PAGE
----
As befits the genre, the whole show was un-miked. What a pleasure to experience the human voice unamplified! While the singer-actors’ training showed distinct differences, from Virella’s and Anamer Castrello’s distinctive classically supported mezzo-soprano vowels to such voices as belonging to Laguna and López, which seem destined for Broadway, the music was a pleasure. Kudos to Peralto and the condensed orchestral ensemble of eight. This orchestration incorporates a classical guitar; not I assume in the original makeup, it adds informal color and context to the ambiance of the neighborhood.
I only wish Chapí had provided more music to the balance of the evening.
As always GALA Theatre graciously provides surtitles in English for audience members unequipped to follow the Spanish. For any serious theater lover, experiencing the worldwide zarzuela tradition is a must. Arellano and cast have served up what they are calling “variations for today.”
Running Time: One hour 45 minutes with a 15-minute intermission.
Performed in Spanish with English surtitles.
Revoltosa (The Troublemaker) plays Saturdays at 8 pm and Sundays at 2 pm through October 2, 2022, at GALA Hispanic Theatre, 3333 14th Street NW, Washington, DC. For other performance times, visit galatheatre.org or call (202) 234-7174. Single tickets are $48; tickets for military, seniors (65+), teachers, and students 25+ are $35; tickets for students under 25 are $25. To purchase tickets, visit galatheatre.org or call (202) 234-7174. Tickets are also available on Goldstar and TodayTix as part of Theatre Washington’s 2022 Theatre Week.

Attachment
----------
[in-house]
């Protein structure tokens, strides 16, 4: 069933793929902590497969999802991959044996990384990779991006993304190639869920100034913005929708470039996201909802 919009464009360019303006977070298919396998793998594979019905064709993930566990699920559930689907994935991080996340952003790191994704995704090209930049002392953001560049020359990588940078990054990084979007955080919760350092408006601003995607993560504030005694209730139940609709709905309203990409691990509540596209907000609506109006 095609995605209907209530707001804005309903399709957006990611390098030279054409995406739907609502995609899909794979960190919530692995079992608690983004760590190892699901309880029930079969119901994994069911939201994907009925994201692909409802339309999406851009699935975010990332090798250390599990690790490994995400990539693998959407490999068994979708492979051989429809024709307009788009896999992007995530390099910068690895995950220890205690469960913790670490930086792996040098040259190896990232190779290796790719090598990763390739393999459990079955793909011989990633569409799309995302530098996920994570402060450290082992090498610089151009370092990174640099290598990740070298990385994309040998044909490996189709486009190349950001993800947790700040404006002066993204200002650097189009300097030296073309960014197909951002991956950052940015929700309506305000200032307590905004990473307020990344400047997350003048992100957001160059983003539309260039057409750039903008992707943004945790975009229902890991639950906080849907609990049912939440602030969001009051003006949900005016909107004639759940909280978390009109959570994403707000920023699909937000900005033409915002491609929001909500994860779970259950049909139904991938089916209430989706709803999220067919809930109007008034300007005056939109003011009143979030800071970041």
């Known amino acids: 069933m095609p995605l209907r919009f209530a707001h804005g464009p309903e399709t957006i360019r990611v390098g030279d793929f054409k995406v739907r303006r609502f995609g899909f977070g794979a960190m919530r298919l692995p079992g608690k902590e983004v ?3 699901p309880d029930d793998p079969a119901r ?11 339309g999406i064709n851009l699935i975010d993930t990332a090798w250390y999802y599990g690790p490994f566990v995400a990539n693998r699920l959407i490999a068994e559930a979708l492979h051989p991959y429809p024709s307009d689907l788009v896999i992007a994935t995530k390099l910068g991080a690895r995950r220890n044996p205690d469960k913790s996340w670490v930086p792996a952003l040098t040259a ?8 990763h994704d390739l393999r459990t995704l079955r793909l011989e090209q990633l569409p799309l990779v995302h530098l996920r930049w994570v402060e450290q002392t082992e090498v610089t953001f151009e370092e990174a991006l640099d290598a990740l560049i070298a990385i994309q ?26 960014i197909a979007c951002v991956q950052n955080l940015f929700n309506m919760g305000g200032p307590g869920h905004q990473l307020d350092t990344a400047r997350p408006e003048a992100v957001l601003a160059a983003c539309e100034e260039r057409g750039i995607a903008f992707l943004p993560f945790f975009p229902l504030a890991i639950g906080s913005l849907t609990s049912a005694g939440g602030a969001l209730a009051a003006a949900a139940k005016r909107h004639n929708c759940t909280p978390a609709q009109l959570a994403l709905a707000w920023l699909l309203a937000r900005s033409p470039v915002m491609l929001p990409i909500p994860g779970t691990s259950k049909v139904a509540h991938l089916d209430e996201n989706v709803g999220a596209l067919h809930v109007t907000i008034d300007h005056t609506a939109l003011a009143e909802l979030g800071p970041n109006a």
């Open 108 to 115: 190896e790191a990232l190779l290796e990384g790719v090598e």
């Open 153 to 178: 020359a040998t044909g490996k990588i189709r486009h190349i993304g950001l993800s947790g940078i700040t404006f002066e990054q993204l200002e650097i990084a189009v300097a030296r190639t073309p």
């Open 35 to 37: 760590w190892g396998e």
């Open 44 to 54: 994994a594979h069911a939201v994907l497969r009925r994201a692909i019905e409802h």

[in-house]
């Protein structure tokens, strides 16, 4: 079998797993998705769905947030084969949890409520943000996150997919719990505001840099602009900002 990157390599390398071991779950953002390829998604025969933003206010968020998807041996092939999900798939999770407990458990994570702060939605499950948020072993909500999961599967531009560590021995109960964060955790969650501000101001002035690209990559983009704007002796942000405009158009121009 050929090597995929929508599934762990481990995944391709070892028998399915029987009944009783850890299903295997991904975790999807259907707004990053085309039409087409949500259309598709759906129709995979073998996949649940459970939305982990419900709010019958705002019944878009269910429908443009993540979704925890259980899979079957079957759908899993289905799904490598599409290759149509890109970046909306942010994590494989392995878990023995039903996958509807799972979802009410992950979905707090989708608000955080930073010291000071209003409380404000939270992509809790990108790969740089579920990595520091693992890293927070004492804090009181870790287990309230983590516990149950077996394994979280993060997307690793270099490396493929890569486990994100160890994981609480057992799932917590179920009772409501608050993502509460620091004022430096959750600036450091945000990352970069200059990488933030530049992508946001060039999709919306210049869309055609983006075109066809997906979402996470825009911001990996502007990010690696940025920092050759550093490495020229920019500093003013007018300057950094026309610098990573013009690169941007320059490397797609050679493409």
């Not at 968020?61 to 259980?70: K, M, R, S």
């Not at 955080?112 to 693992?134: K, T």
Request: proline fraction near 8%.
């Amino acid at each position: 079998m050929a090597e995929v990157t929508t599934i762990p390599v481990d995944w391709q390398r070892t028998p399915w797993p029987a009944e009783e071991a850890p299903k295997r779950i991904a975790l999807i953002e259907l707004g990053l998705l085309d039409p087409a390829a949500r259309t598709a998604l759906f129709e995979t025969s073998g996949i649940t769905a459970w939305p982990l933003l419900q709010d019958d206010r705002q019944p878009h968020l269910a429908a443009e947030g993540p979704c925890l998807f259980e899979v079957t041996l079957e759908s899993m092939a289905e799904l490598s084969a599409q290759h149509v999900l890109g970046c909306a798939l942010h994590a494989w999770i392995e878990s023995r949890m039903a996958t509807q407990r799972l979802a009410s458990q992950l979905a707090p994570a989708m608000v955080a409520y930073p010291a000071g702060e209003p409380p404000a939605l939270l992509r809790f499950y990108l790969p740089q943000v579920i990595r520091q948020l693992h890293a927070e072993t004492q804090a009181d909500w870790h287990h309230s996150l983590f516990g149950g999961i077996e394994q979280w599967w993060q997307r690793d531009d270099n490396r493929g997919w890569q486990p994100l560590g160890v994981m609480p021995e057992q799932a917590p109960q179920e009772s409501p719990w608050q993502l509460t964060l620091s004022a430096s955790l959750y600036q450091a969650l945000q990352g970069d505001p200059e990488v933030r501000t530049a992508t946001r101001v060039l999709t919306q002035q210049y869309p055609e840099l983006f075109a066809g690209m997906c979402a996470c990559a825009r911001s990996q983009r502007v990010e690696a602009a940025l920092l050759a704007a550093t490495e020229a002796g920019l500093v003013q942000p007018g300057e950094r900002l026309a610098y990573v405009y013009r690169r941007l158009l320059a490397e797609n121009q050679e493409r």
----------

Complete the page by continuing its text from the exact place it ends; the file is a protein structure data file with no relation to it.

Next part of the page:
COVID Safety: Masks are mandatory. Proof of vaccination or recent negative COVID-19 test (taken within 72 hours prior to show time) is required for all patrons ages 5+. GALA’s complete COVID-19 Safety Policy is here.
The Revoltosa playbill can be downloaded here.
Revoltosa (The Troublemaker)
By Paco Gámez
Based on the text by J. López Silva & C. Fernández Shaw, with music by Ruperto Chapí
Directed by José Luis Arellano
Music Direction by David Peralto
Laura Virella (Mari Pepa)
Joselu López (Felipe)
Alex Alburqueque (Candelas)
Anamer Castrello (Manuela)
Luz Nicolás (Gorgonia)
Camila Taleisnik (Encarna)
Christian Laguna (Tiberio)
Fran Tapia (Soledad)
Luis Armando Benitez (Cándido)
Santiago Alfonzo Meza (Atenedoro)
CREATIVE AND PRODUCTION TEAM
Music Direction: David Peralto
Assistant Music Director: Alberto Granados Reguilón
Scenic Design: Clifton Chadick
Lighting Design: Alberto Segarra
Sound Design: Brandon Cook
Costume Design: Cidney Forkpah
Properties Design: Tessa Grippaudo
Choreographer: Omar Nieves
Stage Manager: Ilyana Rose-Dávila
Technical Director: Devin Mahoney
Production Manager: P. Vanessa Losada
Producer: Hugo Medrano
Click to view a trailer for Revoltosa